While it isn't expected to be the celestial spectacle of the season, Metro Vancouverites will be privy to a dazzling twin meteor shower on Wednesday (July 28) night.
The Southern Delta Aquarids are most plentifully seen from the Southern Hemisphere, but they may still be observed from mid-northern latitudes, too. The shower started around July 12 and is set to peak Wednesday night and into Thursday morning.
Active from July 3 through August 15, the Alpha Capracornids will also peak around the same time as the Aquarids. While the light of the moon may obscure some of the show, this shower produces a "number of bright fireballs" that could "light up the entire sky for a few fleeting seconds," according to Accumweather.com.
The Capracornids shower is also observed "equally well on either side of the equator," explains the American Meteor Society.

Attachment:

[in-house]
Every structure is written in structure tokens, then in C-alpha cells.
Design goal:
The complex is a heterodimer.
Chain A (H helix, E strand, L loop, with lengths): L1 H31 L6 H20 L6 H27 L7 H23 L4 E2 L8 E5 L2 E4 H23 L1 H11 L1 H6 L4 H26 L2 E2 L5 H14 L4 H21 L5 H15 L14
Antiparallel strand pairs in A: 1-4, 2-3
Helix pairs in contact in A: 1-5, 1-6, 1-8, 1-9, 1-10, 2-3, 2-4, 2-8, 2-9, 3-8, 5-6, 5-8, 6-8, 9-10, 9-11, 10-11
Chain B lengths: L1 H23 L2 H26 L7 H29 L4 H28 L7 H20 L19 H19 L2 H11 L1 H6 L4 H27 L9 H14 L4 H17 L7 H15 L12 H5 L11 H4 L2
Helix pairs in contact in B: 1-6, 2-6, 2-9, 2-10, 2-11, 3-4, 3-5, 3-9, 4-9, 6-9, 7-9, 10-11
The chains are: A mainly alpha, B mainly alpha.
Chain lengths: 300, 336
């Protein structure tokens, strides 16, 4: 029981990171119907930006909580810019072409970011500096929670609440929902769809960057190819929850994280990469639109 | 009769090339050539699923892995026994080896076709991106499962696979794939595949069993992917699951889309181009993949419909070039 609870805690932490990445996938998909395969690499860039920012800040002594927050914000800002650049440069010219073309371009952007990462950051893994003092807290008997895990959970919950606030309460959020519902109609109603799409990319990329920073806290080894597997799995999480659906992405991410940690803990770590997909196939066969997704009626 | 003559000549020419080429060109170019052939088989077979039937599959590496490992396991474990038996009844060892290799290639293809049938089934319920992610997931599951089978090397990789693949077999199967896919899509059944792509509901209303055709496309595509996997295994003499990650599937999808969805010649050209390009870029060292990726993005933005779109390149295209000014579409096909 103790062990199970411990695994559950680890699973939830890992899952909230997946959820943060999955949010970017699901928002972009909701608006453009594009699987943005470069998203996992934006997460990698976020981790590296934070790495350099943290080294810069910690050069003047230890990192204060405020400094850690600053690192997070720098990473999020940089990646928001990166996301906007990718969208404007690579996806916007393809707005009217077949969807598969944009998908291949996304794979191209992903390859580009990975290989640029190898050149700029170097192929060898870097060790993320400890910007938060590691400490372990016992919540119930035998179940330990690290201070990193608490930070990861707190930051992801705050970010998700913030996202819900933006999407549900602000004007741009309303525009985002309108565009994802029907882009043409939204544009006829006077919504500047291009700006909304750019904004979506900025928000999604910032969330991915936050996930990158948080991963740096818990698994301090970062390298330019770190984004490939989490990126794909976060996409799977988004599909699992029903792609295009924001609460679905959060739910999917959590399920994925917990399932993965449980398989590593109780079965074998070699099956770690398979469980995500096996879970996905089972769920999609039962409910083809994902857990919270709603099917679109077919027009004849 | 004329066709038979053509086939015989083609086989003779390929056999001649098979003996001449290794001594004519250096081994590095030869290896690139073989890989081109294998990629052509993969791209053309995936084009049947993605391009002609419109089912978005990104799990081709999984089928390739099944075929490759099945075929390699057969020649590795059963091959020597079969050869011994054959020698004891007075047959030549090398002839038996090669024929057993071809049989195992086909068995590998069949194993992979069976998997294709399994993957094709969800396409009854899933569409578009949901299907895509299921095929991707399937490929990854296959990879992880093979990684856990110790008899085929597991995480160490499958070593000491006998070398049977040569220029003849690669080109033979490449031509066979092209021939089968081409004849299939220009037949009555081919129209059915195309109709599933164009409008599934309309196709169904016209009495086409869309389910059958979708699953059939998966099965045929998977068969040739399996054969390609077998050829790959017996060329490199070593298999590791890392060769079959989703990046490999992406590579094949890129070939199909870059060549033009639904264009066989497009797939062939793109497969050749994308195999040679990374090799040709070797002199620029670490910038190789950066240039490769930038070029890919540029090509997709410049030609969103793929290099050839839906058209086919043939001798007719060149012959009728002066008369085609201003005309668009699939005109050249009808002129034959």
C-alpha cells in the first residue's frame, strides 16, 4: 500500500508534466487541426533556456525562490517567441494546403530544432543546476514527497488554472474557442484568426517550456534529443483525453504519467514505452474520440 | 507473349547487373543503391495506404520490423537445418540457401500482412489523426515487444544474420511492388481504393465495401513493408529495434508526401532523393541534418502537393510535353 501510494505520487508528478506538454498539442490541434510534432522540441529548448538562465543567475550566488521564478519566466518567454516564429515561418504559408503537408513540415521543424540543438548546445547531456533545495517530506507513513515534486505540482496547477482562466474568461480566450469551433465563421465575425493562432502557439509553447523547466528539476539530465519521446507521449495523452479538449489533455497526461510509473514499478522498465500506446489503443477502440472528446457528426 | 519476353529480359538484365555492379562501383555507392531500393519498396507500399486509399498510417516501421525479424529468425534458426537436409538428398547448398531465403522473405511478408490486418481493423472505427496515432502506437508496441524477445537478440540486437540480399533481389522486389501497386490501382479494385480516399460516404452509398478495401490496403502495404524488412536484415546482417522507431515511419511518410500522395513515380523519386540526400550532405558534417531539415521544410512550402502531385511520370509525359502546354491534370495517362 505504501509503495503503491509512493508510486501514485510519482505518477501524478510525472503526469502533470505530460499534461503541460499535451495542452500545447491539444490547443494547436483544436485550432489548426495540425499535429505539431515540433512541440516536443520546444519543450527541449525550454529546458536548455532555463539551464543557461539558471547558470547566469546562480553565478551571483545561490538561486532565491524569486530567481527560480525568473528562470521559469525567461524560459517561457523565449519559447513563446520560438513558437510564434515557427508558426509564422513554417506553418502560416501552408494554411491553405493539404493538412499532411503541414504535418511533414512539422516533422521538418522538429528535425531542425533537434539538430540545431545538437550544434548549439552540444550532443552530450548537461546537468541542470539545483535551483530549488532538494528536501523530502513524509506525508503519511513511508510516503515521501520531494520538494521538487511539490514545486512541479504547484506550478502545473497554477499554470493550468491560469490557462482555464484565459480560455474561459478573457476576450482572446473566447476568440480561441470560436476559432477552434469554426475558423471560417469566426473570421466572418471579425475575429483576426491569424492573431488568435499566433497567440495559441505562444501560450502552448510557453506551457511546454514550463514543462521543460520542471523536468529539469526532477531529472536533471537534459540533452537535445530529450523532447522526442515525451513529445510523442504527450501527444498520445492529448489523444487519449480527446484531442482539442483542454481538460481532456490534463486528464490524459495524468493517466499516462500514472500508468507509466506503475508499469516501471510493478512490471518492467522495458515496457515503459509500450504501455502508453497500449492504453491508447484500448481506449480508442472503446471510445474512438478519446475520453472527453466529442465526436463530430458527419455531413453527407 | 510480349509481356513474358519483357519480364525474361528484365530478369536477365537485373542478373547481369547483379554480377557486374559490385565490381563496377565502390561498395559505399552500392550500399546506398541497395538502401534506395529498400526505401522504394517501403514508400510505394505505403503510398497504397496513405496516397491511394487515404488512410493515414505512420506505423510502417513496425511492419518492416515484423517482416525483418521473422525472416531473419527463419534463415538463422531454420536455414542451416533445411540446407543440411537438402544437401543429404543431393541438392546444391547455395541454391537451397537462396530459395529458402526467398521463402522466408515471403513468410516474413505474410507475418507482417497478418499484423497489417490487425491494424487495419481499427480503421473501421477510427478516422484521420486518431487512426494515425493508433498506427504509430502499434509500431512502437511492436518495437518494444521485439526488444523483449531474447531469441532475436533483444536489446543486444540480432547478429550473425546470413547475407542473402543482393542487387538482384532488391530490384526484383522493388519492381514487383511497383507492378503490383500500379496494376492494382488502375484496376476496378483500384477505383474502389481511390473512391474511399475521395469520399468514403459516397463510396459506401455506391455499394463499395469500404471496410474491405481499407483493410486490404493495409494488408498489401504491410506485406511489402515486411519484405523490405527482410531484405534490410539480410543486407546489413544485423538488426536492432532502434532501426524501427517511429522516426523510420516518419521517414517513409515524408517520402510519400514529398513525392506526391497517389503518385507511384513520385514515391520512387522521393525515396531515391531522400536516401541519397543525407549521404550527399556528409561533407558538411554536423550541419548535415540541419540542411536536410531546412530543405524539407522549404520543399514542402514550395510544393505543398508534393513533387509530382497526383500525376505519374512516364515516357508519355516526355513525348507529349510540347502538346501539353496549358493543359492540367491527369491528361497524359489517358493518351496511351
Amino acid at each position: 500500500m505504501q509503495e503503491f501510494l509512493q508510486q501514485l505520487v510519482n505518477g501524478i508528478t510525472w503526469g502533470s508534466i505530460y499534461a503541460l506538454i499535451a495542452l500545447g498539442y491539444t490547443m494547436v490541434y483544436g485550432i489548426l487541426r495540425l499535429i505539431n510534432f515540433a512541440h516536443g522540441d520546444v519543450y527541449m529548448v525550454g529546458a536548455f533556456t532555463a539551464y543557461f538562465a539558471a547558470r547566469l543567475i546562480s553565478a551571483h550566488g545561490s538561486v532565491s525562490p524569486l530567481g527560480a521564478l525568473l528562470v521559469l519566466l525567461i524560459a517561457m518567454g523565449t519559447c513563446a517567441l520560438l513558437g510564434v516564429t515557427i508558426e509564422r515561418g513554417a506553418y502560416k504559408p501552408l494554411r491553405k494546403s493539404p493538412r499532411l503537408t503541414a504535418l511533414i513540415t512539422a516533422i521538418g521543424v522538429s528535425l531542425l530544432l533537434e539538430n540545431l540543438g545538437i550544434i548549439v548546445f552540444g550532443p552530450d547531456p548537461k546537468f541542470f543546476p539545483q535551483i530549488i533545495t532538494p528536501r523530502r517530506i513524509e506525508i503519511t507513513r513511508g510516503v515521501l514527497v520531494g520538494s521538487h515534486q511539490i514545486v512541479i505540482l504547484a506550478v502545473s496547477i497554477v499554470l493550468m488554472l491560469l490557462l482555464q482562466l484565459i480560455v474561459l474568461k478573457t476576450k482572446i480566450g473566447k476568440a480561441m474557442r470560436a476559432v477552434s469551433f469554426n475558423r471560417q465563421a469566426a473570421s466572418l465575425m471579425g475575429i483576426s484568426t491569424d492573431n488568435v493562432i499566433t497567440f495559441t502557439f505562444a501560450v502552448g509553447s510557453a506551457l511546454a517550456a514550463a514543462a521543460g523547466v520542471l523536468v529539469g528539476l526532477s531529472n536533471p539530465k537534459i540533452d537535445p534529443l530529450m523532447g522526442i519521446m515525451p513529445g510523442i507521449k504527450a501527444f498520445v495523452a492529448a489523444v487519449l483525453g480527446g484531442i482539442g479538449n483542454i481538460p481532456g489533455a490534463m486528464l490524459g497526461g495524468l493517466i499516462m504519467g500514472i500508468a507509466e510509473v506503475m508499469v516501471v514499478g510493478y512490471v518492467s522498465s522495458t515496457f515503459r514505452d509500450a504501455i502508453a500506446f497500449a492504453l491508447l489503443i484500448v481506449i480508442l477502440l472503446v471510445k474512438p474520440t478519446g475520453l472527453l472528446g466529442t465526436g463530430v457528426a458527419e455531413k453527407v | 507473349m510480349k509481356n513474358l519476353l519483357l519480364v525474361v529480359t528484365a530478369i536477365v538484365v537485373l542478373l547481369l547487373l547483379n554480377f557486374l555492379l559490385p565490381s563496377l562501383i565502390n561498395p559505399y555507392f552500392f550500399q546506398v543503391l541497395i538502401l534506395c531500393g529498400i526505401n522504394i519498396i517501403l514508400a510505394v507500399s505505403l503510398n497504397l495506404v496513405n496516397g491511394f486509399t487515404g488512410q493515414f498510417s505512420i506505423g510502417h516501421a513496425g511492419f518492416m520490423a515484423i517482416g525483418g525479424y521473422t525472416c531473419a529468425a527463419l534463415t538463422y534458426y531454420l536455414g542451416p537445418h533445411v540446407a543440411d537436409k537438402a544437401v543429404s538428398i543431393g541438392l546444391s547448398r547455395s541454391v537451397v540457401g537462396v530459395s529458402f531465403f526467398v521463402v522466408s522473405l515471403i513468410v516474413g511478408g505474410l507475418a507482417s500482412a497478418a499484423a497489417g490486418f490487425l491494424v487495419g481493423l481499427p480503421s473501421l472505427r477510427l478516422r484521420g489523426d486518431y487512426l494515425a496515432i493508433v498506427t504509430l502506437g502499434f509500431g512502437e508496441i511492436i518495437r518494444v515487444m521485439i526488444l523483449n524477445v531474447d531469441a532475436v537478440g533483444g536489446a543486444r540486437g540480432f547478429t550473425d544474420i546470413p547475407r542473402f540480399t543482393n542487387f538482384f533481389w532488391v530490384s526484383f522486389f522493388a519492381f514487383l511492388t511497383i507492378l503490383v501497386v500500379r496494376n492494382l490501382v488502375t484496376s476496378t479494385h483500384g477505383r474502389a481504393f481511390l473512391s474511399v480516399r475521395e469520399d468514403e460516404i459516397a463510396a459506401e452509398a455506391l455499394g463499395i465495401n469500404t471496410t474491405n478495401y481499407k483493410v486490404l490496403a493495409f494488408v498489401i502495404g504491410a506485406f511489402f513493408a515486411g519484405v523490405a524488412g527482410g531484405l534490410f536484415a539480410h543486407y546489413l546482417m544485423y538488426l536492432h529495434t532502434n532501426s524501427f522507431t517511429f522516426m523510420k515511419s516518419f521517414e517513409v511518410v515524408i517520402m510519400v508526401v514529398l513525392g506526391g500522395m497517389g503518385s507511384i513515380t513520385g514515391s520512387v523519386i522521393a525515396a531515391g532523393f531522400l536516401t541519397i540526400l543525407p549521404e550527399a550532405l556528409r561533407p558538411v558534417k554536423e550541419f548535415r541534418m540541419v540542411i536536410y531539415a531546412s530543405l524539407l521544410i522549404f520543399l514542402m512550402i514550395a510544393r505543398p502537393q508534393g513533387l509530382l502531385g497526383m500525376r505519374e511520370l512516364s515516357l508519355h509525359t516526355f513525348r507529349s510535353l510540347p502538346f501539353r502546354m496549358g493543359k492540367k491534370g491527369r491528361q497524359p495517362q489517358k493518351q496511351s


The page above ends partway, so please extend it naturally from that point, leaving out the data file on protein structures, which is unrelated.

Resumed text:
Viewing the star-studded spectacle from Vancouver
Marley Leacock, an astronomer at the H.R. MacMillan Space Centre, tells Vancouver Is Awesome that both showers will be visible, albeit they may be "tricky to spot due to the moon."
The radiant — where the meteors appear to be coming from — of both showers are close to each other in the sky.
"Look toward the south-southeastern sky after sunset and before dawn," she says. "You'll see two bright, star-looking points of light. Those are Jupiter and Saturn.
"If you are able to find those, you're looking at the right spot."
With this in mind, however, Leacock adds that meteors can appear and go in any direction.
Sky-watchers should opt to travel as far away from city lights as possible in order to avoid light pollution that will obscure the clarity of heavenly bodies. While this works best in more remote places, anywhere that has a higher elevation will also provide more ideal viewing conditions.